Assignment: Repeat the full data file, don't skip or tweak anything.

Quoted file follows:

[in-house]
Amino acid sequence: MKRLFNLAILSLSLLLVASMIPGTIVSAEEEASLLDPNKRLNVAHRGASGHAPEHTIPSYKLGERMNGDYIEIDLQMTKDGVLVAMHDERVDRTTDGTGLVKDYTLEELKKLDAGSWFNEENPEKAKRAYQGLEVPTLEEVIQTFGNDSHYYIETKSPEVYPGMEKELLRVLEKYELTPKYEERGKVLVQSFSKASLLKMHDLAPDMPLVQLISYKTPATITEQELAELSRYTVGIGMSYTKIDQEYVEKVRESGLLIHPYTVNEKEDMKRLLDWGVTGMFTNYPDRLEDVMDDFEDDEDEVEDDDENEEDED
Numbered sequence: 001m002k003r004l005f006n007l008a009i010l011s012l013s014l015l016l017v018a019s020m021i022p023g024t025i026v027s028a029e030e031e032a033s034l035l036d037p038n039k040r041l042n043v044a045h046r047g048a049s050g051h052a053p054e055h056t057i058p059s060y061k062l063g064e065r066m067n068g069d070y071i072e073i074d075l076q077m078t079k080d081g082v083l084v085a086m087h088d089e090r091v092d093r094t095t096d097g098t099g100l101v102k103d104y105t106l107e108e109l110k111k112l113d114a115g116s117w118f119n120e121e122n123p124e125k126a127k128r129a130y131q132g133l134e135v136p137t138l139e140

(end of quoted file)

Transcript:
[in-house]
Amino acid sequence: MKRLFNLAILSLSLLLVASMIPGTIVSAEEEASLLDPNKRLNVAHRGASGHAPEHTIPSYKLGERMNGDYIEIDLQMTKDGVLVAMHDERVDRTTDGTGLVKDYTLEELKKLDAGSWFNEENPEKAKRAYQGLEVPTLEEVIQTFGNDSHYYIETKSPEVYPGMEKELLRVLEKYELTPKYEERGKVLVQSFSKASLLKMHDLAPDMPLVQLISYKTPATITEQELAELSRYTVGIGMSYTKIDQEYVEKVRESGLLIHPYTVNEKEDMKRLLDWGVTGMFTNYPDRLEDVMDDFEDDEDEVEDDDENEEDED
Numbered sequence: 001m002k003r004l005f006n007l008a009i010l011s012l013s014l015l016l017v018a019s020m021i022p023g024t025i026v027s028a029e030e031e032a033s034l035l036d037p038n039k040r041l042n043v044a045h046r047g048a049s050g051h052a053p054e055h056t057i058p059s060y061k062l063g064e065r066m067n068g069d070y071i072e073i074d075l076q077m078t079k080d081g082v083l084v085a086m087h088d089e090r091v092d093r094t095t096d097g098t099g100l101v102k103d104y105t106l107e108e109l110k111k112l113d114a115g116s117w118f119n120e121e122n123p124e125k126a127k128r129a130y131q132g133l134e135v136p137t138l139e140